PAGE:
- Predictive analytics fueled by data from the Internet of Things (IoT) could help providers detect patients at high risk of emergency department (ED) visits and 30-day hospital readmissions, according to a study published in JMIR Medical Informatics.
The prevalence of chronic disease, along with the increasing elderly population, has led to a spike in costly ED visits and subsequent hospital admissions in the US. The research team noted that nearly 40 percent of patients visiting the ED arrive by emergency ambulance transport, and 80 percent of unscheduled hospital admissions occurred through the ED.
Organizations seeking to prevent avoidable ED visits and hospital admissions can leverage data from the devices that comprise the Internet of Things, such as personal emergency response systems (PERS). A PERS wearable device allows older patients to get help in a situation that could potentially require emergency transport by ambulance to the hospital, including sudden worsening of a chronic condition or a fall.
Patients can press the help button on their PERS device to connect to a call center associate, who can coordinate the necessary assistance.
When data from these devices is combined with user enrollment data, including information on patients’ medical conditions and demographics, it can provide valuable information about a patient’s status.
Researchers used retrospective PERS data to create a predictive analytics model that would flag individuals at high risk of emergency hospital transport within 30 days. The team found that that the predictive model achieved an area under the curve (AUC) of 0.779 when identifying patients at high risk of emergency hospital transport within 30 days.
Among the top one percent of predicted high-risk patients, 25.5 percent had one or more emergency hospital transports in the next 30 days.
The model also produced probability scores for each patient, ranging from zero to 100 percent, to assess the risk of 30-day emergency hospital transport. Researchers found that the model-predicted probabilities matched with observed patient outcomes. At predicted probabilities of 80 percent to 100 percent, 80 percent of patients experienced emergency hospital transport within one month.
The team then compared the accuracy of the model’s predictions with actual clinical outcomes derived from EHR data. The results showed that patients flagged as high risk by the model experienced 3.9 times more emergency encounters in the year following the prediction date than low-risk patients.
These findings indicate that using predictive models and data from IoT devices can help organizations reduce emergency room utilization while reducing costs. Providers can use this information to distribute limited healthcare resources to patients who need them the most, which could improve outcomes.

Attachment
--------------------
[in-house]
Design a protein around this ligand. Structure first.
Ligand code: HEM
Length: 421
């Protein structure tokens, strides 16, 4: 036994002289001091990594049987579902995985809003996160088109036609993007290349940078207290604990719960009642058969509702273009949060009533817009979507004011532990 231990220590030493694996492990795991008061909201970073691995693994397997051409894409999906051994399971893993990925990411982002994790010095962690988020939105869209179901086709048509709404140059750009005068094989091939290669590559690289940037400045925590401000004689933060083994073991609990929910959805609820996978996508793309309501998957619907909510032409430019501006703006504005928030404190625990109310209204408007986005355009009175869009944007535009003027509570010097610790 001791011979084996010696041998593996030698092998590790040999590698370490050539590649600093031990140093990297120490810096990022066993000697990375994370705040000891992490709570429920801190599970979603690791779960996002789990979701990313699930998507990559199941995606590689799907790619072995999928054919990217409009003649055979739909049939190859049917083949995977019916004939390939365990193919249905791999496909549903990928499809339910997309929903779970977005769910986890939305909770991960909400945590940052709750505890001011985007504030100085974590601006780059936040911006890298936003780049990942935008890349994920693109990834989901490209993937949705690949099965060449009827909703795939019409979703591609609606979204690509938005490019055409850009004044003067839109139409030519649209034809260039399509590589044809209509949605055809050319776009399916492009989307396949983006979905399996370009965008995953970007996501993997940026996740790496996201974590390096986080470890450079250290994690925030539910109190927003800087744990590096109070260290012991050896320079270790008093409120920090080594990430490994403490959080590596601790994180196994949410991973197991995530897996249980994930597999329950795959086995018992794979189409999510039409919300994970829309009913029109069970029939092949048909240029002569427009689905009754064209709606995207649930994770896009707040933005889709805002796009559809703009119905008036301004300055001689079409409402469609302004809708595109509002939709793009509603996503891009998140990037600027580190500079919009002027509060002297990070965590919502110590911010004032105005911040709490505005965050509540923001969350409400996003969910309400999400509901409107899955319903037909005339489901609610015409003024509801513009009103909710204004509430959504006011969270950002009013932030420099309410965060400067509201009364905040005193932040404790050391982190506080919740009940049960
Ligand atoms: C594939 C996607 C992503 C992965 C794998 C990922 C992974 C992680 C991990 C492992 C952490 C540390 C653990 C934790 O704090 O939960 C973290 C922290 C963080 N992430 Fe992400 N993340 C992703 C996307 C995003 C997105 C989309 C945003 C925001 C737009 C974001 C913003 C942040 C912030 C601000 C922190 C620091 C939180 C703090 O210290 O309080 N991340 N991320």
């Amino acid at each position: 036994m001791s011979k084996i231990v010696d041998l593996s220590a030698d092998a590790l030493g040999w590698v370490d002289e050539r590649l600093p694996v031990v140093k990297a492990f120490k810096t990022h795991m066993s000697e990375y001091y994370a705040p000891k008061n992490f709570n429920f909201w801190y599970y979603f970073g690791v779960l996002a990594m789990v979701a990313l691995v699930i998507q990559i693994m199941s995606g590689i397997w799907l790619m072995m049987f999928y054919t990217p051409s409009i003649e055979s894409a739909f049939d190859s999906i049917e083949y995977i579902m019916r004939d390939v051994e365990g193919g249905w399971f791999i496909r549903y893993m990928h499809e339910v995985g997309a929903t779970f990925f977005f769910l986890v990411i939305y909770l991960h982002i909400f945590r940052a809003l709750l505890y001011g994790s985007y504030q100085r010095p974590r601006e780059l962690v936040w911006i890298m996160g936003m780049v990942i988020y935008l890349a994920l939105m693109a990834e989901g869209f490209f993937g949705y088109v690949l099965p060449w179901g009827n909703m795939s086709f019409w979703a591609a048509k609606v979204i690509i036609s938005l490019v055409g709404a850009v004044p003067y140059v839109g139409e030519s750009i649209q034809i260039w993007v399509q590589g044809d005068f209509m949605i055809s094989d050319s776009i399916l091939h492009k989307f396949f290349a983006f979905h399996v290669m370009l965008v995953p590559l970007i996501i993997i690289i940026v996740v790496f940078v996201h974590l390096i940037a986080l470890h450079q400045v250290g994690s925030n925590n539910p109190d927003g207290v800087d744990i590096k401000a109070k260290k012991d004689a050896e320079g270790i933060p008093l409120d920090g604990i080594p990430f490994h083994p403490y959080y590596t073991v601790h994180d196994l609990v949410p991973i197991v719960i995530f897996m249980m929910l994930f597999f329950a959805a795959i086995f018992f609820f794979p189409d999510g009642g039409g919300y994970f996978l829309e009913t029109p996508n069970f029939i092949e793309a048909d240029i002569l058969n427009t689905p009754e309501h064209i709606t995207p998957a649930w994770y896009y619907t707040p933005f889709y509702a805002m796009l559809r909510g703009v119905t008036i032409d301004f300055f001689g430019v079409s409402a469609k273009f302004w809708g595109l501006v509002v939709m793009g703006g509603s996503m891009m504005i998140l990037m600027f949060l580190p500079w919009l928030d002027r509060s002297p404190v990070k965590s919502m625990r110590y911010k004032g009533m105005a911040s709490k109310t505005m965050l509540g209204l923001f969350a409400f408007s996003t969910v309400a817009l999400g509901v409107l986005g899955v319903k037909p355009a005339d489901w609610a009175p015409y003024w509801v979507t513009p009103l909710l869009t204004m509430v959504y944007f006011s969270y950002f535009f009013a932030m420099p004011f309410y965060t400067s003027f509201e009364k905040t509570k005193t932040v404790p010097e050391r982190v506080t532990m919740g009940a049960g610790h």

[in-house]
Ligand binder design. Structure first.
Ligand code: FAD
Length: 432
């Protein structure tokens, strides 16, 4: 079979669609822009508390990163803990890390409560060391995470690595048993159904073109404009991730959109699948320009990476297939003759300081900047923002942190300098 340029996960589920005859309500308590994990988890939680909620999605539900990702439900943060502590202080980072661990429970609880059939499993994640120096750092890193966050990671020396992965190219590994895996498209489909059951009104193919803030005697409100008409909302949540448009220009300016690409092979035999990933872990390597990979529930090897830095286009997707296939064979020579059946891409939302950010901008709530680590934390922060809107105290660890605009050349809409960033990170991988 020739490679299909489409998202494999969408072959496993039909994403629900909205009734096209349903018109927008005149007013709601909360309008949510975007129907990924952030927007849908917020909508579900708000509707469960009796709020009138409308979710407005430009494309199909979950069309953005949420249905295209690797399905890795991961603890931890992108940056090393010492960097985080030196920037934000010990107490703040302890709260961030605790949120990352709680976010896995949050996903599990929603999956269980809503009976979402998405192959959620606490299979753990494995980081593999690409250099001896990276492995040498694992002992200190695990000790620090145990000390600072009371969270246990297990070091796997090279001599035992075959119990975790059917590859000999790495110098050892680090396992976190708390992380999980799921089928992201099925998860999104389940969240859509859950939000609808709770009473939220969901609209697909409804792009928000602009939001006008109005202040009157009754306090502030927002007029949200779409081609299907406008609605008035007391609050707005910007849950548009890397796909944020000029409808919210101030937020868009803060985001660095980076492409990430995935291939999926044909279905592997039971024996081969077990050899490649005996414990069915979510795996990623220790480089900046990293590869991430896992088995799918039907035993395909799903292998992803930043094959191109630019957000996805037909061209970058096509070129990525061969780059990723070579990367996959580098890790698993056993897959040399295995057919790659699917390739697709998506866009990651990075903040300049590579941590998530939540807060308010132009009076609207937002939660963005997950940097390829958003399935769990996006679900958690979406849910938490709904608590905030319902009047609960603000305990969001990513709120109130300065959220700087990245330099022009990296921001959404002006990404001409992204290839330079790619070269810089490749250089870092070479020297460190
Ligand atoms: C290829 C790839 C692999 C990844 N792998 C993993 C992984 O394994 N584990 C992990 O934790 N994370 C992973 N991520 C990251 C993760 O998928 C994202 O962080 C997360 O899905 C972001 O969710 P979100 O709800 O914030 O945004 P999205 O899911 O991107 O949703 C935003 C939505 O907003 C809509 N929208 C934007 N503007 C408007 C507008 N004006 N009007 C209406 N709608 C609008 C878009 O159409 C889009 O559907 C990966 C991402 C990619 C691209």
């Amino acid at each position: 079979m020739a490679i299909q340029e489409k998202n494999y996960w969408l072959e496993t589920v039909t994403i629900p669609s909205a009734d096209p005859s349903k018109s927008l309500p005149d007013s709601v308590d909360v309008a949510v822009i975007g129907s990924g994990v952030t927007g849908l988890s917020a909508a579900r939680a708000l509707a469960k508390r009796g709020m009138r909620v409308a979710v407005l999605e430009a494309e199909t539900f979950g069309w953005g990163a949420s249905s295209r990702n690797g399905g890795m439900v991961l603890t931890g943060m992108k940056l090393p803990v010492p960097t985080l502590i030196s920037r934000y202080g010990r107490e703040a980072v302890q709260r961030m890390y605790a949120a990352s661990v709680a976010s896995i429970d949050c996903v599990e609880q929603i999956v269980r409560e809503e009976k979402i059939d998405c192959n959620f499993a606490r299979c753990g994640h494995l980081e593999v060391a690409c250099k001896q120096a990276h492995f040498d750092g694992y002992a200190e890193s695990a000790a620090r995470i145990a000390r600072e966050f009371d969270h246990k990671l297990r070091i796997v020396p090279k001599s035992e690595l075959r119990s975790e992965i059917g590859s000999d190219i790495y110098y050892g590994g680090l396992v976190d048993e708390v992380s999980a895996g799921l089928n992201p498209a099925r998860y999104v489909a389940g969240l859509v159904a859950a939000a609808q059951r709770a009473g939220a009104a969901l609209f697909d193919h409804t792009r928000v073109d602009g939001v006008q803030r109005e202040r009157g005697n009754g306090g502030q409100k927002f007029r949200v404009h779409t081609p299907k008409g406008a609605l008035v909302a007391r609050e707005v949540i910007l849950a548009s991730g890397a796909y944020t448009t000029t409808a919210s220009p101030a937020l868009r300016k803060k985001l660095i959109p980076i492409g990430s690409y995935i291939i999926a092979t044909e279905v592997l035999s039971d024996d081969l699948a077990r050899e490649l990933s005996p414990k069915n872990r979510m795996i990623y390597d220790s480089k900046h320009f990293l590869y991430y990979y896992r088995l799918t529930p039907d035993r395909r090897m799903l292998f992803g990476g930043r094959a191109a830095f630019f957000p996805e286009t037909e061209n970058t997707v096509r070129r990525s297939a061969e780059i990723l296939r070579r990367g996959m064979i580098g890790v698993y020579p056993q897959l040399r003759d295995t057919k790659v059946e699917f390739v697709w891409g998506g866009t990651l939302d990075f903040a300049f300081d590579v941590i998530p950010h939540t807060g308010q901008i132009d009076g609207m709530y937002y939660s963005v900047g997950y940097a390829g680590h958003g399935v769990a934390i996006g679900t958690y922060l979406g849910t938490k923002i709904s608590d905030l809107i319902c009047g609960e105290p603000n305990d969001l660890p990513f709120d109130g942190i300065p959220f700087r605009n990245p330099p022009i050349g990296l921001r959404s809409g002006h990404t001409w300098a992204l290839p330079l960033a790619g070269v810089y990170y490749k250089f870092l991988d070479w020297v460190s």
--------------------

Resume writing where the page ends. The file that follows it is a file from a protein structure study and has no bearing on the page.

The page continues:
“Such risk assessment models have great potential to inform treatment decisions and improve the quality of care delivered to patients,” the team wrote.
“As innovative connected health technologies and value-based care policy influence the evolution of geriatric models of care to deliver more individualized, multifaceted management strategies, home health programs for community-dwelling seniors may benefit from enhanced risk assessment of patients.”
The study’s limitations included the fact that the PERS population was primarily made up of older female patients, and that individuals privately pay for the service, which isn’t covered by health insurance. These factors may limit the generalizability of the study.
Despite these limitations, the team expects that leveraging predictive analytics and data from remote devices can help providers target high-risk patients and reduce unnecessary care costs.
In future studies, the group will work to incorporate their predictive model into clinical workflows, allowing clinicians to see which patients are at highest risk of 30-day emergency transport. These patients will receive a nurse assessment and tailored interventions, which may prevent avoidable ED visits and hospital readmissions.
“By using remotely collected PERS data to predict the risk of emergency healthcare utilization, our predictive model of 30-day emergency hospital transport presents a unique opportunity to efficiently allocate limited health care resources to patients who need them the most and thereby reduce costs associated with excessive use,” the researchers said.
“Healthcare providers could benefit from our validated predictive model by estimating the risk of 30-day emergency hospital transport for individual patients and target timely preventive interventions to high-risk patients.”